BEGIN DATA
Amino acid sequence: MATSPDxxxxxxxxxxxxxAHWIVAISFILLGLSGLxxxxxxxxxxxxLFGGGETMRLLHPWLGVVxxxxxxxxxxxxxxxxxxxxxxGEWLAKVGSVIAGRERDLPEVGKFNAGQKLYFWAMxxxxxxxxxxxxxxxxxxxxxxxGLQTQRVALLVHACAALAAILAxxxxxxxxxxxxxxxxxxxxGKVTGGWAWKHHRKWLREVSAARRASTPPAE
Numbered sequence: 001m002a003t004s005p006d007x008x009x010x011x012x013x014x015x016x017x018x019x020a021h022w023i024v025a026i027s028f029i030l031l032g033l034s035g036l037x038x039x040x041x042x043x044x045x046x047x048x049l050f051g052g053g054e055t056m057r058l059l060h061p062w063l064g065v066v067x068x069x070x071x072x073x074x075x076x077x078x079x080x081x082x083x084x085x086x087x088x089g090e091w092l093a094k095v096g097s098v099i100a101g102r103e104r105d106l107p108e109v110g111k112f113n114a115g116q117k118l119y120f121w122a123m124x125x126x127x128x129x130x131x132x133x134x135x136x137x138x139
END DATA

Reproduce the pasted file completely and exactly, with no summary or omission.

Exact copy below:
Amino acid sequence: MATSPDxxxxxxxxxxxxxAHWIVAISFILLGLSGLxxxxxxxxxxxxLFGGGETMRLLHPWLGVVxxxxxxxxxxxxxxxxxxxxxxGEWLAKVGSVIAGRERDLPEVGKFNAGQKLYFWAMxxxxxxxxxxxxxxxxxxxxxxxGLQTQRVALLVHACAALAAILAxxxxxxxxxxxxxxxxxxxxGKVTGGWAWKHHRKWLREVSAARRASTPPAE
Numbered sequence: 001m002a003t004s005p006d007x008x009x010x011x012x013x014x015x016x017x018x019x020a021h022w023i024v025a026i027s028f029i030l031l032g033l034s035g036l037x038x039x040x041x042x043x044x045x046x047x048x049l050f051g052g053g054e055t056m057r058l059l060h061p062w063l064g065v066v067x068x069x070x071x072x073x074x075x076x077x078x079x080x081x082x083x084x085x086x087x088x089g090e091w092l093a094k095v096g097s098v099i100a101g102r103e104r105d106l107p108e109v110g111k112f113n114a115g116q117k118l119y120f121w122a123m124x125x126x127x128x129x130x131x132x133x134x135x136x137x138x139